Dan Mort connected with Schleicher better than any teammate ever had. The two seniors bonded over their last run as Lakers. Extra rounds at the Oswego Country Club before practice and weightlifting after became a habit for the duo. The pair held each other accountable and wanted to make sure their last year was as good as it could be. Mort said, this year Schleicher was “feeling it” and his swing looked “sharp”. Mort has always had respect for his fellow senior, but this year there was something different.
Most days there were four hours dedicated to golf and the bigger picture that surrounding it. All of this time was to improve performance for the fall season. A good fall season can send a message to the competition and set up favorable seeding going forward. It is expected that you maintain your training regimen throughout the year to carry you into the spring portion of the schedule. Schleicher did just that. While balancing academics with athletics Schleicher set himself up to be an academic All-American.
“Erik dedicated himself this year. He has always been a guy to put in extra work, but this time it was different. He was constantly getting me involved to help me get better with him. At first, he had to drag me out of the house and after a few weeks I was all in,” said Mort.
Mort was not the only one who noticed Schleicher’s renewed passion for the game that he had been playing his whole life. Kevin Schleicher, Erik’s dad saw the change in behavior on the course. Kevin Schleicher was the parent that every athlete dream of, full support and participation was the norm. A weekday commute across the state was never out of the question.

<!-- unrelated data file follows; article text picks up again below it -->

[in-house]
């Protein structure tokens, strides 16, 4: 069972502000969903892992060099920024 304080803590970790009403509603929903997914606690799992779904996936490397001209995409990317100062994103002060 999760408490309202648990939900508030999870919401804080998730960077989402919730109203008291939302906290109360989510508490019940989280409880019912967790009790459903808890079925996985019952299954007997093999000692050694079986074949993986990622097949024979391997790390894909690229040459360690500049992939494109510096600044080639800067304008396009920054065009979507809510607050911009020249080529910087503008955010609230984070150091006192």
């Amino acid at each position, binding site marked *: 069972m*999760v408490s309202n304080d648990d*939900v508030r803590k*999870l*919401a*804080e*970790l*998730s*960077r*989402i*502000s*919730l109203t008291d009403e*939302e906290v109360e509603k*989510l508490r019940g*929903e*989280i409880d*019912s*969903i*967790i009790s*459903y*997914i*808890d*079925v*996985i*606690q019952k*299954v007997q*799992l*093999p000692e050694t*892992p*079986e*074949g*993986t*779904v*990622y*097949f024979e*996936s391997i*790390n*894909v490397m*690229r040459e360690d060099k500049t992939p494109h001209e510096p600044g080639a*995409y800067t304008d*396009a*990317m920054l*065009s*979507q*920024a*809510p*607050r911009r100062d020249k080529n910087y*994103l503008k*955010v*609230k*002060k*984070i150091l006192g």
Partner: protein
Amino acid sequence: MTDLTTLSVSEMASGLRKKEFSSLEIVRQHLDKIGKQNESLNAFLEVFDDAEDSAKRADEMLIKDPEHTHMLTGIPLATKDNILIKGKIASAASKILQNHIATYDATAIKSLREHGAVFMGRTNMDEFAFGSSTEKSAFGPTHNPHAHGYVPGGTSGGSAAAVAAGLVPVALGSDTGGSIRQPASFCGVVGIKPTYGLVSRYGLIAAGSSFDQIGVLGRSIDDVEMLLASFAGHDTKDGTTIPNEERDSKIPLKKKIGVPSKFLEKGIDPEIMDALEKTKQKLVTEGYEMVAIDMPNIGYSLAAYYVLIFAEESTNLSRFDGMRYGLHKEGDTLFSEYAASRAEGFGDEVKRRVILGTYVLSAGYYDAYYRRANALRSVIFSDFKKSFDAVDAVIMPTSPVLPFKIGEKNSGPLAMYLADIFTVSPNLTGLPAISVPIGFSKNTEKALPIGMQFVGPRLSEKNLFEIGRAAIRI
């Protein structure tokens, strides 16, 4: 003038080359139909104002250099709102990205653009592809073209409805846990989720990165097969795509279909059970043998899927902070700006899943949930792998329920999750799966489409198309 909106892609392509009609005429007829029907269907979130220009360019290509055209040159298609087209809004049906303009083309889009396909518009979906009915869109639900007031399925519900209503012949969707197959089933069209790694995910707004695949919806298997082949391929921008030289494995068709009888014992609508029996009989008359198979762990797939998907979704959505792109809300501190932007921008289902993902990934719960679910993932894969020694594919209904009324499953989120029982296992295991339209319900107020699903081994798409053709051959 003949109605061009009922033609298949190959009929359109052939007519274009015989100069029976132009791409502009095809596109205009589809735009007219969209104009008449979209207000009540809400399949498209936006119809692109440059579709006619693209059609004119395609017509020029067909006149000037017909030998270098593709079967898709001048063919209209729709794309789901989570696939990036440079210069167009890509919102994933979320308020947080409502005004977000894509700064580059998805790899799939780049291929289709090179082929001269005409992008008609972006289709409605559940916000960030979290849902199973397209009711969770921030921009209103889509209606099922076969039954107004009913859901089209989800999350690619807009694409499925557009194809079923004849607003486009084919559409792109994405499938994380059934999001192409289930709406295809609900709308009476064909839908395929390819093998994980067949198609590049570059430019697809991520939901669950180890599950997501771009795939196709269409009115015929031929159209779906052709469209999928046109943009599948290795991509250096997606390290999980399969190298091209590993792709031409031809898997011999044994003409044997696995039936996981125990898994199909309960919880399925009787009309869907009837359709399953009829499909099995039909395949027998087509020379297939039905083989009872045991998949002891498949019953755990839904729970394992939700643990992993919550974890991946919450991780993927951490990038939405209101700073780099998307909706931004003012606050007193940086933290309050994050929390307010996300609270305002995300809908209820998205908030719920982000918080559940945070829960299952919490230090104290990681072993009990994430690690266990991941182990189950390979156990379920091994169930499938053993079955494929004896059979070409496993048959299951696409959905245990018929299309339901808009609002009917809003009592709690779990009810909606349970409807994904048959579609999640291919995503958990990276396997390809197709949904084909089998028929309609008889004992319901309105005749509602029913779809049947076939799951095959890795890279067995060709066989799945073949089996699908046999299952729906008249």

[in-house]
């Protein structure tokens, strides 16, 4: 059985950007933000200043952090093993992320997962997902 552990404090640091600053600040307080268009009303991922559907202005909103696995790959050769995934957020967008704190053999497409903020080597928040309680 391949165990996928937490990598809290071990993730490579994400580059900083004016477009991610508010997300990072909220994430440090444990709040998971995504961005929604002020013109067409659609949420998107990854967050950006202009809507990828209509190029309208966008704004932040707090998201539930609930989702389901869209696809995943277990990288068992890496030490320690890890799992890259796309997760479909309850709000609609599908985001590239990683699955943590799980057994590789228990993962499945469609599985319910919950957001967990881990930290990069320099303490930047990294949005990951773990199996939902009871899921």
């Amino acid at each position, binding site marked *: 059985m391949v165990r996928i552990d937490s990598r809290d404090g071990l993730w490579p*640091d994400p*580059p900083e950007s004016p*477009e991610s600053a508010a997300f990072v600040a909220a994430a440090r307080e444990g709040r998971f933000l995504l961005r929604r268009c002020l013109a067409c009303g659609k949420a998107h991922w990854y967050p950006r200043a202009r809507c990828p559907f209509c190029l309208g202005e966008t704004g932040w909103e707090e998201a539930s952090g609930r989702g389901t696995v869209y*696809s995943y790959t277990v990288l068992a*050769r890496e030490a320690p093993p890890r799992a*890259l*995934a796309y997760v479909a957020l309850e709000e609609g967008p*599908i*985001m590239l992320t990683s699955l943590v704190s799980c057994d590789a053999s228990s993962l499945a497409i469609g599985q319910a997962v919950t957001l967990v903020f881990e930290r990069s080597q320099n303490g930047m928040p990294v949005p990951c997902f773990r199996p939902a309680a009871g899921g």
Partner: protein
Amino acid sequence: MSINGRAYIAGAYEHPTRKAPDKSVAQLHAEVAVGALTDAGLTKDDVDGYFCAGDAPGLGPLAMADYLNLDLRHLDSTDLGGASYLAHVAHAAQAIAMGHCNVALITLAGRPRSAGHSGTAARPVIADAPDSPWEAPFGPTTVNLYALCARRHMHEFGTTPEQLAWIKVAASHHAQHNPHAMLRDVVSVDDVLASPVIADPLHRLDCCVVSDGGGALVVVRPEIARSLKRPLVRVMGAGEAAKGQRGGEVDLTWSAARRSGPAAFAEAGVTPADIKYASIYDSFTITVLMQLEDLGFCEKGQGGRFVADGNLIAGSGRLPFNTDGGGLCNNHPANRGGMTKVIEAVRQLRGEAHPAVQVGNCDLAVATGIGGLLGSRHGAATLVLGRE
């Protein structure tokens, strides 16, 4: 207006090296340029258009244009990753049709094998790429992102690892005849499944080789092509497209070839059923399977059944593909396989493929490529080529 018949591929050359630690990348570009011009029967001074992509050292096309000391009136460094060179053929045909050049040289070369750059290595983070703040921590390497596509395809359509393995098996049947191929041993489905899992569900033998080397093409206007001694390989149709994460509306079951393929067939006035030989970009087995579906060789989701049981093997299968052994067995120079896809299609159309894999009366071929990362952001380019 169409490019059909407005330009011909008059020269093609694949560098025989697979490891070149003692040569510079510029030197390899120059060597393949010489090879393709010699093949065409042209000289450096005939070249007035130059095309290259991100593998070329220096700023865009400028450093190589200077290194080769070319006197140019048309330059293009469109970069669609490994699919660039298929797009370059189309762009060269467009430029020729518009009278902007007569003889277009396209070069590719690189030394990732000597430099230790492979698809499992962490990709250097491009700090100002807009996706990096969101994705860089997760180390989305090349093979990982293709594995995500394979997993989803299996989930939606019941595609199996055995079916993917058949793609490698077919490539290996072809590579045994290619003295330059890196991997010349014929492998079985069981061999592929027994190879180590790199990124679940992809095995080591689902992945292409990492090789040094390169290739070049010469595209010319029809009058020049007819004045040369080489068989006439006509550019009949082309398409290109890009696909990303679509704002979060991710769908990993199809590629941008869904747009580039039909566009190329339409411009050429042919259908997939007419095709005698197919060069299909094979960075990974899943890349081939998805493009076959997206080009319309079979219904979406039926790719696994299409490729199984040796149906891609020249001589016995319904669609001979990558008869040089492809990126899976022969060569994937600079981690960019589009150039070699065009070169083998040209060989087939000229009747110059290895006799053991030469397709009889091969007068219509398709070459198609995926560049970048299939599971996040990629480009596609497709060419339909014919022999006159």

“I remember talking to another dad at a St John Fisher match during Erik’s freshman year. This guy was telling me how his kid was a senior and this was going to be the last time he ever got to see his boy play. This guy was torn up about it on the course as we are following the boys around watching them play. That day I knew I needed to see Erik play as many times as I could,” said Kevin Schleicher.
Missing only a handful of matches during Erik’s first three years, the proud father attended every match of what would end up being Erik’s farewell tour during the fall season. Kevin Schleicher made adjustments to his life and weekly routine to make sure he would be able to see Erik play.
“The first time I knew Erik was gearing up for a big senior season was when I noticed a change in his diet leading up to the fall half. More vegetables, less processed snack foods,” said Kevin Schleicher.
This year everything started to come together for Schleicher, the physique, the grades, and the results on the course. Schleicher found himself sitting at second in the conference, one stroke behind the lead heading into the spring. Since winning his first tournament ever at the Keuka Fall Invitational Schleicher couldn’t be stopped.
“This was the best I have ever seen him hit the ball. Erik struggled with consistency in the past, some rounds he would be playing well and others his swing would come and it would go. There was something about him at every match that impressed me more than the one before,” said Kevin Schleicher.